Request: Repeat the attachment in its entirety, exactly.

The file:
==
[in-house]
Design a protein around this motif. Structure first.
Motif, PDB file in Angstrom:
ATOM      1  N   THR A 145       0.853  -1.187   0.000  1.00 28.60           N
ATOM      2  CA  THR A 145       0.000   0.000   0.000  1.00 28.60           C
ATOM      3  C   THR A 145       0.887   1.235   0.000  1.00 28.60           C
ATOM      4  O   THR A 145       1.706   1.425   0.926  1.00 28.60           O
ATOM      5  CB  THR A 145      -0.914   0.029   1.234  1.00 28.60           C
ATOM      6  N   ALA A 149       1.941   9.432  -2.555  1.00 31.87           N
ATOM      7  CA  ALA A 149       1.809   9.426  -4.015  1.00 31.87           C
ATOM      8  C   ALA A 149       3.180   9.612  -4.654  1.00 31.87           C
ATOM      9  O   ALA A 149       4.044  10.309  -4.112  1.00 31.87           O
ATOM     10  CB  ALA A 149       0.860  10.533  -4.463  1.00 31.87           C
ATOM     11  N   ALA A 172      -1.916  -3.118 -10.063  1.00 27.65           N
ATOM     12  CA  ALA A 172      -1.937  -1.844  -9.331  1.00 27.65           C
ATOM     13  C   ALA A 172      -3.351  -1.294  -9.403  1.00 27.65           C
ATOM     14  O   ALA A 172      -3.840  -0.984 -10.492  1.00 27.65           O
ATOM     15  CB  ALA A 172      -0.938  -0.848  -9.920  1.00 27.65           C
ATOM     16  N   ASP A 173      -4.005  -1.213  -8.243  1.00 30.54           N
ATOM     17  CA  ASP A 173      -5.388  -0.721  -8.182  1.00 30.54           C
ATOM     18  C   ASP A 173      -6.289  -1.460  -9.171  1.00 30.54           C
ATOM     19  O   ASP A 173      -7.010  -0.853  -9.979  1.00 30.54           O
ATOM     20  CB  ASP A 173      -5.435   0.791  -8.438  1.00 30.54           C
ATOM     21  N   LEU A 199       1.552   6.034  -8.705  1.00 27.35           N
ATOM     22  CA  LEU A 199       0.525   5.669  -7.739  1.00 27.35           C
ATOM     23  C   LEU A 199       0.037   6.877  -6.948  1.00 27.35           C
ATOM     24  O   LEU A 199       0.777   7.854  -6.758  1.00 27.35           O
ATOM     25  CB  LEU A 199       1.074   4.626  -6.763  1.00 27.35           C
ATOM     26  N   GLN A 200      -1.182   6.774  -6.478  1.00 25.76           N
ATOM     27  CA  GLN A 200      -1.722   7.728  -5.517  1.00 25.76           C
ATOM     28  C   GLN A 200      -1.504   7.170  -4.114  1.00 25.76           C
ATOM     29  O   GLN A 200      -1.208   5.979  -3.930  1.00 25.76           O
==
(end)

[in-house]
Design a protein around this motif. Structure first.
Motif, PDB file in Angstrom:
ATOM      1  N   THR A 145       0.853  -1.187   0.000  1.00 28.60           N
ATOM      2  CA  THR A 145       0.000   0.000   0.000  1.00 28.60           C
ATOM      3  C   THR A 145       0.887   1.235   0.000  1.00 28.60           C
ATOM      4  O   THR A 145       1.706   1.425   0.926  1.00 28.60           O
ATOM      5  CB  THR A 145      -0.914   0.029   1.234  1.00 28.60           C
ATOM      6  N   ALA A 149       1.941   9.432  -2.555  1.00 31.87           N
ATOM      7  CA  ALA A 149       1.809   9.426  -4.015  1.00 31.87           C
ATOM      8  C   ALA A 149       3.180   9.612  -4.654  1.00 31.87           C
ATOM      9  O   ALA A 149       4.044  10.309  -4.112  1.00 31.87           O
ATOM     10  CB  ALA A 149       0.860  10.533  -4.463  1.00 31.87           C
ATOM     11  N   ALA A 172      -1.916  -3.118 -10.063  1.00 27.65           N
ATOM     12  CA  ALA A 172      -1.937  -1.844  -9.331  1.00 27.65           C
ATOM     13  C   ALA A 172      -3.351  -1.294  -9.403  1.00 27.65           C
ATOM     14  O   ALA A 172      -3.840  -0.984 -10.492  1.00 27.65           O
ATOM     15  CB  ALA A 172      -0.938  -0.848  -9.920  1.00 27.65           C
ATOM     16  N   ASP A 173      -4.005  -1.213  -8.243  1.00 30.54           N
ATOM     17  CA  ASP A 173      -5.388  -0.721  -8.182  1.00 30.54           C
ATOM     18  C   ASP A 173      -6.289  -1.460  -9.171  1.00 30.54           C
ATOM     19  O   ASP A 173      -7.010  -0.853  -9.979  1.00 30.54           O
ATOM     20  CB  ASP A 173      -5.435   0.791  -8.438  1.00 30.54           C
ATOM     21  N   LEU A 199       1.552   6.034  -8.705  1.00 27.35           N
ATOM     22  CA  LEU A 199       0.525   5.669  -7.739  1.00 27.35           C
ATOM     23  C   LEU A 199       0.037   6.877  -6.948  1.00 27.35           C
ATOM     24  O   LEU A 199       0.777   7.854  -6.758  1.00 27.35           O
ATOM     25  CB  LEU A 199       1.074   4.626  -6.763  1.00 27.35           C
ATOM     26  N   GLN A 200      -1.182   6.774  -6.478  1.00 25.76           N
ATOM     27  CA  GLN A 200      -1.722   7.728  -5.517  1.00 25.76           C
ATOM     28  C   GLN A 200      -1.504   7.170  -4.114  1.00 25.76           C
ATOM     29  O   GLN A 200      -1.208   5.979  -3.930  1.00 25.76           O